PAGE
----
FOSTER ON RUN FROM FIJI POLICE AGAIN

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SUVA, Fiji (Fiji Times, Jan.10) - International conman Peter Foster has turned into an international man of mystery, with Fiji police saying they are unable to find him.

Media reports say he has fled to Vanuatu.

Last night the military took his elderly mother into custody to question her on her son's whereabouts.

Police issued a bench warrant for his arrest on Monday after he failed to appear at the Suva Court for three fraud-related charges against him.

Foster last night said by mobile phone that he was still in Fiji under military "protective custody."

When asked if he had fled to Vanuatu on a yacht as reported, he replied, "I'm not in Vanuatu. I wish I was."

[PIR editor’s note: Foster, who was under house arrest at a Suva hotel pending court appearance, in October fled from police at a resort at Navua, near Suva, jumped from a bridge and hurt his head before being arrested.]

However, he would not give his location, other than to say he was accompanied by a military guard at all times.

"I was with a military officer yesterday afternoon and I would think that it takes a lot longer than 24 hours to get to Vanuatu by yacht," he said. "I'm staggered; where is this coming from? Every step I have taken has been at the military's direction."

A television report last night said Vanuatu police had said they were searching for Foster in Port Vila.

The report said that a yacht, which arrived on Monday night had a Peter Foster listed on its manifest, and a man matching his description had been seen at a resort.

In another development last night, eight soldiers arrived at the luxury villa at Denarau in Nadi, rented by Foster and his mother Louise and asked her to accompany them.

In a phone call to The Fiji Times, Mrs. Foster said the soldiers wanted to know where her son was.

"They're saying I have to go with them and make a statement," she said.

"They want to know where Peter is and they know nothing about any agreement with the commander."

Foster has previously said he struck an agreement with coup leader and interim prime minister Voreqe Bainimarama to work with the military helping uncover corruption in the overthrown Laisenia Qarase-led government.

As well, Foster has been using secretly recorded videotapes to try to prove his innocence.

Earlier yesterday afternoon Mrs. Foster said her son was in Fiji and under military guard, although he was not at their Denarau villa.

Foster was granted bail on condition he live at JJ's in the Park in Suva but he left there under military escort late last month.

Mrs. Foster denied reports that police had visited the Denarau unit earlier in the day and that she had refused to cooperate with them.

"They probably know what I will tell them which is nothing," she said.

Director, Economic Crime, Ravi Narain confirmed police were still looking for Foster, but said they had not visited the villa at Denarau. He said the charges against Foster were still current.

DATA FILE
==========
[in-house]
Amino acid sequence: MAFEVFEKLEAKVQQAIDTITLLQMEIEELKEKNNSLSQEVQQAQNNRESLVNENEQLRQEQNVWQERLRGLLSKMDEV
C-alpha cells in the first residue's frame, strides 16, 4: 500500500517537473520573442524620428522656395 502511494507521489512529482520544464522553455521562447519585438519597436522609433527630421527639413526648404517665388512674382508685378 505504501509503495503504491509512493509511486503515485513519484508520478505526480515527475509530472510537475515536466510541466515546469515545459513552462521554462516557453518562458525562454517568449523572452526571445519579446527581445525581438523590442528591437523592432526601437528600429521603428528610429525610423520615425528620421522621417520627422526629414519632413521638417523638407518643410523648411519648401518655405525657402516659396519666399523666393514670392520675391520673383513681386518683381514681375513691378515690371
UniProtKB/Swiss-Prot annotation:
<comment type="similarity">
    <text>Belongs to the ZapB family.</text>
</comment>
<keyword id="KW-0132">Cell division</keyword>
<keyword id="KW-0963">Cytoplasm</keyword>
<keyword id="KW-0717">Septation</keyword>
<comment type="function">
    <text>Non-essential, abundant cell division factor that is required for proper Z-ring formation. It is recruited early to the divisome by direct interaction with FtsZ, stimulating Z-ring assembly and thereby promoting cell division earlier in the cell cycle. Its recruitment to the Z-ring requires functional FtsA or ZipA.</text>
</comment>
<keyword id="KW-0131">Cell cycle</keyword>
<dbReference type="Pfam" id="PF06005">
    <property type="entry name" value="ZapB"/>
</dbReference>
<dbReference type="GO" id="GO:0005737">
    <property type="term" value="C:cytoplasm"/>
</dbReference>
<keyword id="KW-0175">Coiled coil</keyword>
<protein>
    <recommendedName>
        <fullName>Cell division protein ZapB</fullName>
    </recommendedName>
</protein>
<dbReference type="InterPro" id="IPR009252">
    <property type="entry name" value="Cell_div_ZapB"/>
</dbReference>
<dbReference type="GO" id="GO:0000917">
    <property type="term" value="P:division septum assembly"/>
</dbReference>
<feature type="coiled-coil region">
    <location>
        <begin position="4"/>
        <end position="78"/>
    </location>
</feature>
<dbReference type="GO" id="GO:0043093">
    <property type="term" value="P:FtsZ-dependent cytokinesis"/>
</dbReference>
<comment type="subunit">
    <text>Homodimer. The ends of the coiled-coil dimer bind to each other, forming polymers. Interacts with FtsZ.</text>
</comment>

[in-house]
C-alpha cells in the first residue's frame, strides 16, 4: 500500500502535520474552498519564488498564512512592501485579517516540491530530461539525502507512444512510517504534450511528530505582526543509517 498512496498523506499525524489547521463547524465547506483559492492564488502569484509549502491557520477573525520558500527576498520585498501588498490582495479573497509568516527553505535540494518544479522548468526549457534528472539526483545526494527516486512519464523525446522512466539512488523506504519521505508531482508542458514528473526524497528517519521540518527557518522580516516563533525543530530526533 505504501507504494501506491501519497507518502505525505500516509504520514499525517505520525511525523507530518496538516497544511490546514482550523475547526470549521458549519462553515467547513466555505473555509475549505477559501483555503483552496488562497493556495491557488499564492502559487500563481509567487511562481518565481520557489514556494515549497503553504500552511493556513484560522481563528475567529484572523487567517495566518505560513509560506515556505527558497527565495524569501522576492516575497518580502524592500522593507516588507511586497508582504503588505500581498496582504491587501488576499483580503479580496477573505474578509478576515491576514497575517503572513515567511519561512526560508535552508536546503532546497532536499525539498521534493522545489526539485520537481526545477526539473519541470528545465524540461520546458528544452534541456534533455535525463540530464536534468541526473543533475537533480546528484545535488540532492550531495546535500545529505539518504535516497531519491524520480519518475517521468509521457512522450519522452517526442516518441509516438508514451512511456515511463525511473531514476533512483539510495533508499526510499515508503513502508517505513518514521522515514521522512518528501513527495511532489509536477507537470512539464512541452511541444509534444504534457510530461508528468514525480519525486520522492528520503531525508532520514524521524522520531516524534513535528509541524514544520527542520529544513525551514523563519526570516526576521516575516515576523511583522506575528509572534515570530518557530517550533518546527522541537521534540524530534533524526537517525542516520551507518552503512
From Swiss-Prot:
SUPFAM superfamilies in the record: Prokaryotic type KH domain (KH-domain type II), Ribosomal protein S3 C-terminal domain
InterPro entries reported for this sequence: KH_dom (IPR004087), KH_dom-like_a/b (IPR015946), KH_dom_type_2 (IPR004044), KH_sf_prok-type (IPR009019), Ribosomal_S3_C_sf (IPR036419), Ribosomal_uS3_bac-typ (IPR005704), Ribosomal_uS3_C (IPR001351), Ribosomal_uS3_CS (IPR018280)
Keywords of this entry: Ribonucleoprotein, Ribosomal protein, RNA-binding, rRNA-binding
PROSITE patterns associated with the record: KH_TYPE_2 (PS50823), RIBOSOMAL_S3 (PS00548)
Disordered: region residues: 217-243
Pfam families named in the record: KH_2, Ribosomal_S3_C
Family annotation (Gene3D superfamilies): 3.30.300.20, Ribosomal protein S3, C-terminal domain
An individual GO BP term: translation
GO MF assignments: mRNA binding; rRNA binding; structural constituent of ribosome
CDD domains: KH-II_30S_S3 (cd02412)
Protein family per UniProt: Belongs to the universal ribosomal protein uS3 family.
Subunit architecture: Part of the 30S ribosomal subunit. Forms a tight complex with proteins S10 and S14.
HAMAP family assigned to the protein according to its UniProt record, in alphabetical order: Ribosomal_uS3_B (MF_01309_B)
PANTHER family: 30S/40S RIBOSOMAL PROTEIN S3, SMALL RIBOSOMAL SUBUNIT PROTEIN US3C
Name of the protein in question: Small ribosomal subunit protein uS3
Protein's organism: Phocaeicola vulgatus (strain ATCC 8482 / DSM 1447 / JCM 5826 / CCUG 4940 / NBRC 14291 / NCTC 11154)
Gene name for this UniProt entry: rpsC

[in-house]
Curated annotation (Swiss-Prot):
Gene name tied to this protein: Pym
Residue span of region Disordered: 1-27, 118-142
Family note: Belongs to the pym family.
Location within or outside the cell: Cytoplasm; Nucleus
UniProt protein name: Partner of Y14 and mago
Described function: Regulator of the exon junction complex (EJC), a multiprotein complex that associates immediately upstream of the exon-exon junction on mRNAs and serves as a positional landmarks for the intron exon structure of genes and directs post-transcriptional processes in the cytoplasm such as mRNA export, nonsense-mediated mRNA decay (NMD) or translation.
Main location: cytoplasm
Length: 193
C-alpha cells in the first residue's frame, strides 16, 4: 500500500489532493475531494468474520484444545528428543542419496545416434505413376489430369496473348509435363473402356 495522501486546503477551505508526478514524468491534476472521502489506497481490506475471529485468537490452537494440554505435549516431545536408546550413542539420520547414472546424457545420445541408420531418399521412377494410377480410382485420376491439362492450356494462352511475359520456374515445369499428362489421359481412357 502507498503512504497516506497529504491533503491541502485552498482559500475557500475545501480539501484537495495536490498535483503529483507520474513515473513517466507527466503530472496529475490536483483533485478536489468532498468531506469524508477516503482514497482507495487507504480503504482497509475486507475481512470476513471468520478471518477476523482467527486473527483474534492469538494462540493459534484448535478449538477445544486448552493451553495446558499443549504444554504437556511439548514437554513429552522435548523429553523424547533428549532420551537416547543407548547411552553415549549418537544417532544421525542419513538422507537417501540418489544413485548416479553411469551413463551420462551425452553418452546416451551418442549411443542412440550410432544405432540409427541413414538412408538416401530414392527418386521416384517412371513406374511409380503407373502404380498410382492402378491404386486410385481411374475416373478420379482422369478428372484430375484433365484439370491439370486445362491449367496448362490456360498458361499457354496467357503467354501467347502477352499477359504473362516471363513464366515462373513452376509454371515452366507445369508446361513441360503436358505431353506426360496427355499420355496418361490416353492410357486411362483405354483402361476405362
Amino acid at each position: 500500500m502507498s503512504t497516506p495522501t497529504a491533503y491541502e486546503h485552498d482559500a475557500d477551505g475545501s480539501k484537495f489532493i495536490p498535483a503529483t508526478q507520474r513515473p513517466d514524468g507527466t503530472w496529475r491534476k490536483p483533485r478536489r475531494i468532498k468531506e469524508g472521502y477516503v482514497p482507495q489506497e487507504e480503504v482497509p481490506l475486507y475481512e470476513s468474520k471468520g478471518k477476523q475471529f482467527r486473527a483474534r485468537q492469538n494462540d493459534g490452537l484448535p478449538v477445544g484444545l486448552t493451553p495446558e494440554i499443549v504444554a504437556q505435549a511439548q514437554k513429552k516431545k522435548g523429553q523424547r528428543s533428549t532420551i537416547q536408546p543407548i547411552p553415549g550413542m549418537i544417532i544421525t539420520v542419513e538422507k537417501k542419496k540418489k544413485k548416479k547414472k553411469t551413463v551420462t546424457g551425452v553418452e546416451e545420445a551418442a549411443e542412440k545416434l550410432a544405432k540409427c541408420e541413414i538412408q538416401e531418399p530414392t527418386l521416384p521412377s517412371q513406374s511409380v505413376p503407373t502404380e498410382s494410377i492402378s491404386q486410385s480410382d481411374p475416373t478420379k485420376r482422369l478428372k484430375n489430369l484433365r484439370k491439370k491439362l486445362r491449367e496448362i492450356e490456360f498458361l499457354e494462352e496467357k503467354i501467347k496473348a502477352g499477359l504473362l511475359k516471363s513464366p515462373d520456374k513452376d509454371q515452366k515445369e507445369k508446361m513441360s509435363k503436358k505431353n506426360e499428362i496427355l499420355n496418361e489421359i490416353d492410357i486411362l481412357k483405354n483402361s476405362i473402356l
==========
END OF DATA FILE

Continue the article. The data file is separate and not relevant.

Some reports have put Foster at Deuba, the scene of his arrest late last year. Others put him in the Yasawa islands at Champagne Beach, the subject of an inquiry into an internet-based smear campaign last year against two New Zealand developers who hold a lease in the area.

Foster said the arrest was the result of a misunderstanding.

He had written to the court last Thursday asking for the mention on Monday to be adjourned for a week and had been told by the military he did not need to appear in court.

"I'm in their protective custody and if they tell me to do something, I have to do it," he said.

Foster said he was angry that the Director of Public Prosecutions was pursuing him when he had provided evidence proving his innocence.

He said Police Commissioner Jimi Koroi had asked the DPP to withdraw the charges against him while other people implicated by the new evidence were investigated.

Foster, who has been jailed in three countries, is facing three charges relating to using a forged Queensland Police Service criminal history to obtain a Fiji work permit.

However he claims, the criminal history, which showed he had only one drink-driving conviction, was forged by a man he hired as his agent.

Foster secretly video recorded a conversation with a former senior SDL official, who allegedly admitted lying to police and said the man he paid to be his agent manufactured the forged document.

"Commander Bainimarama promised me that if I could produce evidence of my innocence, it would be passed on to the police," said Foster yesterday.

"I know that he gave it to Commissioner Koroi and that the commissioner has asked the DPP to withdraw the charges."

"They are refusing to act."

"There are serious questions that need to be asked about why the DPP is in the pursuit of vengeance and not justice."

Military-appointed police commissioner Jimi Koroi would not comment yesterday and a spokesman for the DPP's office said they had not received any new evidence showing Foster's innocence.

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